NewsLocal NewsHamilton CountyCincinnati


Coroner IDs construction worker trapped in building collapse Downtown

Body found more than 30 hours after collapse
Posted at 8:22 PM, Nov 26, 2019
and last updated 2019-11-27 18:53:55-05

CINCINNATI — Authorities have identified the construction worker who became trapped in debris after a floor of a Downtown building collapsed on Monday, according to Hamilton County Coroner Dr. Lakshmi Sammarco.

Crews found the body of 58-year-old Preston Todd Delph, of Hebron, at about 7:45 p.m. Tuesday, more than 30 hours after a half-finished parking garage partially collapsed.

It took first responders several hours to extricate Delph; he was transported to the Hamilton County Coroner’s Office at about 11:30 p.m.

Delph, who worked for subcontractor Gateway Concrete Forming, had been checking for concrete seepage on the sixth floor of the Fourth and Race garage around 1:15 Monday afternoon, according to a spokesman from Turner Construction. When other workers began to pour concrete from the seventh floor to the sixth, the floor above him collapsed.

Occupational Safety and Health Administration compliance officers were at the scene investigating on Wednesday.

Officers are interviewing employers, employees and witnesses to determine if OSHA standards were followed. OSHA has six months to complete the investigation before engineers come in to determine what caused the collapse.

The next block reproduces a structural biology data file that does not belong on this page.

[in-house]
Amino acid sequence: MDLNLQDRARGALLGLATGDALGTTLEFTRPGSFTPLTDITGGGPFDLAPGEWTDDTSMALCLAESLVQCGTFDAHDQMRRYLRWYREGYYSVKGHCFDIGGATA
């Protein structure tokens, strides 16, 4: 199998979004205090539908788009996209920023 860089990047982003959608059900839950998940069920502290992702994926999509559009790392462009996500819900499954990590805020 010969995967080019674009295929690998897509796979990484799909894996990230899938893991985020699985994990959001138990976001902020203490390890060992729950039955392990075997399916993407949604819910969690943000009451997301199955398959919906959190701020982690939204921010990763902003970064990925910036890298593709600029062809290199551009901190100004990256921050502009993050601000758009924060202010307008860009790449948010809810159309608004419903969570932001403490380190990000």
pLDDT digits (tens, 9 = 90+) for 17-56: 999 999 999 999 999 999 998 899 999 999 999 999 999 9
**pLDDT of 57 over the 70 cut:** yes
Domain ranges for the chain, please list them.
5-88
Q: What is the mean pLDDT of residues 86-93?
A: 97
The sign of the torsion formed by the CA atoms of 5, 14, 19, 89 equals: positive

Sammarco on Wednesday thanked the crews and first responders who worked to find Delph.

"Ours (sic) hearts go out to the Delph family during this unimaginable period of loss," Sammarco said in a statement. "Please keep them in your thoughts."

Cincinnati City Manager Patrick Duhaney emailed members of City Council Tuesday night.

“The heart of the City of Cincinnati goes out to the family and friends of the deceased,” he wrote. “This is a truly sad day for our City. I cannot imagine the grief this family must be going through at this time.”

By 11 p.m. Tuesday, fire crews left the scene and police began tearing down the crime scene tape that ringed the intersection throughout the recovery effort. Part of Fourth Street remained closed overnight.

Four other men were injured, hospitalized and released by the end of the day. Sammarco and fire Chief Roy Winston that evening described the fifth as missing, declining to confirm rumors of his death even after firefighters' mission officially changed from a search-and-rescue to a search-and-recover.

"We're hoping for a miracle," Sammarco told reporters. "We are preparing for not, unfortunately, and I think it's just going to be a while before we have any more answers."

The man was not an employee of Turner Construction, which had been hired by the Cincinnati Center City Development Corporation (3CDC) to build a $44 million mixed-use development eventually including a parking garage, retail spaces and apartments at the intersection of Fourth and Race.

Gateway Concrete Forming officials released a statement mourning Delph and thanking the teams who spent the day searching for him.

"This is an extremely sorrowful time and our thoughts and prayers are with his family, friends and co-workers at this difficult time," a company spokesman wrote. "We want to thank the region’s first responders, emergency service workers and the American Red Cross volunteers for their tireless and selfless efforts through this entire ordeal. We are encouraging workers to utilize the grief counseling services that are available to them in the difficult days and weeks ahead."